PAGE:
All statistical analyses were performed using Stata version 14.2. For interval variables, Shapiro–Wilk test was used to inspect data normality, Levene’s test was used to check equality of variances between arms, followed by the two-sided two-sample independent t test with equal or unequal variances, which was used as appropriate to test for differences between treatment arms. Pearson’s Chi-square, or Fisher’s exact tests were used as appropriate for categorical variables. To detect the difference in the severity grades of different AEs (i.e., peripheral neuropathy, oral mucositis, fatigue, gastrointestinal, and haematological adverse effects) between the two arms at each time point, the Mann–Whitney U test was used, and data were expressed as frequencies and percentages of occurrence of different severity grades. Then ordered logistic regression was performed to detect the effect size of treatment per cycle, and the odds ratio (OR) with its 95% confidence intervals (CI) was reported. On the other hand, the paired t test was used to compare pre-treatment to post-treatment values of LVEF% in each arm, and data were expressed as means ± SD, then the multiple linear regression was performed to detect the effect size of metformin and baseline LVEF% on post-treatment LVEF% values, and the β-coefficient with its 95% CIs was reported. Binary logistic regression was used to estimate the effect size of metformin treatment and other parameters on fatty liver development, and the OR with its 95% CIs was reported. Two-sided p values of < 0.05 were considered significant. The sample size was estimated based on a previous study [31], in which 60 patients (i.e., 30 per arm) were needed to detect a change in the incidence of peripheral neuropathy using Chi-square test with an alpha error of 5%, a beta error of 10%, and a 20% drop-out rate. As indicated above, peripheral neuropathy is one of the most common toxicities encountered in BC patients treated with AC-T chemotherapy [32, 33].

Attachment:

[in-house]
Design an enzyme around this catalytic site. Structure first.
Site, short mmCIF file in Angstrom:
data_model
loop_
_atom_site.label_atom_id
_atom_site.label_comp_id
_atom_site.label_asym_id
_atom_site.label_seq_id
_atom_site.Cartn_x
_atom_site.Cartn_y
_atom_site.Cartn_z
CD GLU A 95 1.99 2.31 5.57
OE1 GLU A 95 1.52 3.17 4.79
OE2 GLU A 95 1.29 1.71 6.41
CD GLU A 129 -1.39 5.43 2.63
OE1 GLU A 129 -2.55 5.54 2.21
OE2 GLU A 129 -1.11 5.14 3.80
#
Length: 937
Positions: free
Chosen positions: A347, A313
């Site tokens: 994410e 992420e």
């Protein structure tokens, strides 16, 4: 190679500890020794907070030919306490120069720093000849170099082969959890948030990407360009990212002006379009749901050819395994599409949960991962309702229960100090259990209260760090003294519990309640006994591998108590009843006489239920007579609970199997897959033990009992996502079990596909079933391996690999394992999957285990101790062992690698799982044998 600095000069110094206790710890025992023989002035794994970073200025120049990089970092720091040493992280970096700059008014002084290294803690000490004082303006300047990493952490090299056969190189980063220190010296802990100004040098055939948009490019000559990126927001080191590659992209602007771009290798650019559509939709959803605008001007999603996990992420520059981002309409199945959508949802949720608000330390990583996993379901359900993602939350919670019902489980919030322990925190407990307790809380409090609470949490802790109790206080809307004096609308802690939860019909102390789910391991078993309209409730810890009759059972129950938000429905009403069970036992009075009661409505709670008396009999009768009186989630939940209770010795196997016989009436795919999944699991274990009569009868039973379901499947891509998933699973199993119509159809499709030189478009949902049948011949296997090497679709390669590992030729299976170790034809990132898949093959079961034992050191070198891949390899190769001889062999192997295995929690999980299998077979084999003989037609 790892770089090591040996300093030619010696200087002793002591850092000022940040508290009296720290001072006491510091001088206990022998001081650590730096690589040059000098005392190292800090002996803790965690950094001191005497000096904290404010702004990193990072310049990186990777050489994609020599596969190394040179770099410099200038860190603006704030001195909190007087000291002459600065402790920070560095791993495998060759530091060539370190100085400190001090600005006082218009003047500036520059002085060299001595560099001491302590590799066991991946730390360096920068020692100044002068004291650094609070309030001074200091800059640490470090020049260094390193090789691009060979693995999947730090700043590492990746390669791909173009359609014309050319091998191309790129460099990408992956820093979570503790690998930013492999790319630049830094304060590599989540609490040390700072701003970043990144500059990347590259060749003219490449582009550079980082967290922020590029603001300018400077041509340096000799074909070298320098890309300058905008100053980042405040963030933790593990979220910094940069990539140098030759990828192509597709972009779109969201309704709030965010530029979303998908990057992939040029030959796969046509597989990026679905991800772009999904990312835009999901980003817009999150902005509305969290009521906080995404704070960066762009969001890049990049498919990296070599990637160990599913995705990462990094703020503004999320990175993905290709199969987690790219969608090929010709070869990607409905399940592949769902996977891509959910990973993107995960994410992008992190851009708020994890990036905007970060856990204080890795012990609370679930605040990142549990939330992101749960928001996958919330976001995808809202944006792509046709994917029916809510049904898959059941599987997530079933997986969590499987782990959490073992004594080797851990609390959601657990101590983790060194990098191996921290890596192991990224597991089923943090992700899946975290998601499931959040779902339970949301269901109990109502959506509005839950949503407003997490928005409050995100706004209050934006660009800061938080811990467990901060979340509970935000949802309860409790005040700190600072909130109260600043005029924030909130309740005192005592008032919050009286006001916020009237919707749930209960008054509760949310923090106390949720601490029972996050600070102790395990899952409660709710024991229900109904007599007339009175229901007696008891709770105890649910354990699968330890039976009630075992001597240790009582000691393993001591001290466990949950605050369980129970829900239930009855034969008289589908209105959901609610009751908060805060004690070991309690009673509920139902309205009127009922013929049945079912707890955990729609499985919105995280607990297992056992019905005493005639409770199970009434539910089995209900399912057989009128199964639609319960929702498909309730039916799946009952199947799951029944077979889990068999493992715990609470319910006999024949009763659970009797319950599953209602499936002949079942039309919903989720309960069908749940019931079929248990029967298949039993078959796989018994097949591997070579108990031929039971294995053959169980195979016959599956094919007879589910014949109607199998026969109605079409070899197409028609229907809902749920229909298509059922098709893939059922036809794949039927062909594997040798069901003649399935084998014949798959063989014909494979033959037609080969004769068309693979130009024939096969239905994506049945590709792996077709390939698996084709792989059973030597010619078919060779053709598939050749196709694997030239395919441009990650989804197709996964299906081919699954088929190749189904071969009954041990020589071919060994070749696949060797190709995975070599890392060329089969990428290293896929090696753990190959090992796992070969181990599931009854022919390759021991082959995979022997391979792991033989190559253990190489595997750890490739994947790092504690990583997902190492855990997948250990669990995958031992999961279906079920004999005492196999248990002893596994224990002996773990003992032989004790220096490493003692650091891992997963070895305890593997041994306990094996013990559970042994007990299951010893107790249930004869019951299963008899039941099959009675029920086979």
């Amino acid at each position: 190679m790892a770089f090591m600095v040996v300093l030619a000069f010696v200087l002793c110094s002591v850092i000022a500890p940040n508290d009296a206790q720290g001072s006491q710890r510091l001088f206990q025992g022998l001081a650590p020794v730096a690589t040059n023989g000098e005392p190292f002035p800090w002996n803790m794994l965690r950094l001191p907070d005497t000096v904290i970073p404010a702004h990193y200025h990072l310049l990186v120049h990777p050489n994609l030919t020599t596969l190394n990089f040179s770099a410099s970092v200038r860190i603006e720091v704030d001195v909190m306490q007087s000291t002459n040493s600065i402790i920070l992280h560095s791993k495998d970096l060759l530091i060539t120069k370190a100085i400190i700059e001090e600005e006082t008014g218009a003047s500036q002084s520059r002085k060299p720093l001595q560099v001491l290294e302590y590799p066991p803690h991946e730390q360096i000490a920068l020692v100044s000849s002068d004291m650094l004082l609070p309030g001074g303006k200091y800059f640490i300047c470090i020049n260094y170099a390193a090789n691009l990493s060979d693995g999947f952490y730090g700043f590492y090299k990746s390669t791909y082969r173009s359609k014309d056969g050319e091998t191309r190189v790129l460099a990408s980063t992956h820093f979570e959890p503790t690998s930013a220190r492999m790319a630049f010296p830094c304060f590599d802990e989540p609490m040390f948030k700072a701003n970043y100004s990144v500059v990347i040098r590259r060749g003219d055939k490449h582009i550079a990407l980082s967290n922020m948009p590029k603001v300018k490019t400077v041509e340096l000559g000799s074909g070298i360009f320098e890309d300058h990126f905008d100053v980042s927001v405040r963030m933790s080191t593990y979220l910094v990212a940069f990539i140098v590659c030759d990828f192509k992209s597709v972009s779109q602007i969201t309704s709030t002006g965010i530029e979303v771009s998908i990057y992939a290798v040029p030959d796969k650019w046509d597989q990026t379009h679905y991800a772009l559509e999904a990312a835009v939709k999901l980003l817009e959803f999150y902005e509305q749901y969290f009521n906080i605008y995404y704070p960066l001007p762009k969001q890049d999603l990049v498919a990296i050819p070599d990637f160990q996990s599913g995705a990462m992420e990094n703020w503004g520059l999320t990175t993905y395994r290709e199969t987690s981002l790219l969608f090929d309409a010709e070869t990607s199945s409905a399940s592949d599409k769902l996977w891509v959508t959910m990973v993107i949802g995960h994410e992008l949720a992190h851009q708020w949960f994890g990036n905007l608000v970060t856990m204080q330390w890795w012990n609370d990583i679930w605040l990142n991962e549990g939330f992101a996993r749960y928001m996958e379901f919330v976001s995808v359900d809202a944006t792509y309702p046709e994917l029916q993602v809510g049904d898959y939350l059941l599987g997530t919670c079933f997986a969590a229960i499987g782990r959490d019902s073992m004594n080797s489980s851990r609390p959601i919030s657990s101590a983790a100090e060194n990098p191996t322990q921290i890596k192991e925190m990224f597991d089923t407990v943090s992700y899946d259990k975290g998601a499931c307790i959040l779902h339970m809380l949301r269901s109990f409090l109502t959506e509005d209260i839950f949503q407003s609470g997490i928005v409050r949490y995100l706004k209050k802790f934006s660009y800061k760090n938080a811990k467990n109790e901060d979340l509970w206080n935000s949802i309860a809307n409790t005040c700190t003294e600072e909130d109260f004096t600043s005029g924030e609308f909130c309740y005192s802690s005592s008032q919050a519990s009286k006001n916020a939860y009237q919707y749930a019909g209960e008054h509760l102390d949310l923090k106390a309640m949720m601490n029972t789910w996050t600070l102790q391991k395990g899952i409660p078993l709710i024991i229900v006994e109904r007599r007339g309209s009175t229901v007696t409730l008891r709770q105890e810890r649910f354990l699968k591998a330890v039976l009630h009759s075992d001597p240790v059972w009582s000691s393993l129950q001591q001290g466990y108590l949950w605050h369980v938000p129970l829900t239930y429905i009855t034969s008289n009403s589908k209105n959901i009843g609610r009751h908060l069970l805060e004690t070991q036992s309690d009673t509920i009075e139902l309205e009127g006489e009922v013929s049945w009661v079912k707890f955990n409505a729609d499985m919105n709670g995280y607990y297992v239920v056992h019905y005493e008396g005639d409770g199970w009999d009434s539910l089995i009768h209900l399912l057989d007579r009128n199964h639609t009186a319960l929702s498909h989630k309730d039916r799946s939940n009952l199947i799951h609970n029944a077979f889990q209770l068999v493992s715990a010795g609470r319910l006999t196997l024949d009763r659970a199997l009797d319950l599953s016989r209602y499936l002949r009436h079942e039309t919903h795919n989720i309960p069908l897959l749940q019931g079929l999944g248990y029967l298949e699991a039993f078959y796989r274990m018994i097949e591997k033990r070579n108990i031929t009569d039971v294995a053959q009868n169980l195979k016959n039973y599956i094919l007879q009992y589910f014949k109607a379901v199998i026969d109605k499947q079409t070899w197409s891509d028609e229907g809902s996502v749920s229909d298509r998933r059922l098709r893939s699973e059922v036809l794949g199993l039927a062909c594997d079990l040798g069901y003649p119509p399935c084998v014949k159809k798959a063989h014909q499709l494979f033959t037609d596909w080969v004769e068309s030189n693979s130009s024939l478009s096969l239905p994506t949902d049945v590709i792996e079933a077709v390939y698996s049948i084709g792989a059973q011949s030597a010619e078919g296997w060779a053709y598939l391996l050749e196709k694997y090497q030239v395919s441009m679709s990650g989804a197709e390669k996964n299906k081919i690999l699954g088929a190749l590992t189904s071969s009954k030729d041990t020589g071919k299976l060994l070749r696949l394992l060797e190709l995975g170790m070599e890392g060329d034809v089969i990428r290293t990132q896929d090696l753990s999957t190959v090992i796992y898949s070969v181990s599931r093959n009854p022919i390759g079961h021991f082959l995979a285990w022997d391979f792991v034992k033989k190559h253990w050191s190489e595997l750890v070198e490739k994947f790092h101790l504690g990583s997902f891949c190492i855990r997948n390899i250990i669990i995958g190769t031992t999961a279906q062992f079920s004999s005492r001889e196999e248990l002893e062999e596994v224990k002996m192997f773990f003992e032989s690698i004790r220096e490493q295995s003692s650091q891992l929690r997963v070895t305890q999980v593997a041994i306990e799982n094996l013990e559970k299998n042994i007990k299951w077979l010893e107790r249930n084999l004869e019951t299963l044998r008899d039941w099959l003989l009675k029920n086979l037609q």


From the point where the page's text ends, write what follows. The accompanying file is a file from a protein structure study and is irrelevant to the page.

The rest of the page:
3 Results

3.1 Patients’ Demographics and Tumour Characteristics

Between November 2019 and February 2021, 663 patients with biopsy-proven BC were screened for eligibility to participate in the study. Of these, 586 patients did not meet the inclusion criteria and 7 patients refused to participate. Seventy patients met the eligibility criteria and were randomised to either metformin or control arms in a 1:1 ratio. All patients were assessed for study outcomes. The CONSORT diagram summarises the study flow (Fig. 1).

Fig. 1
figure 1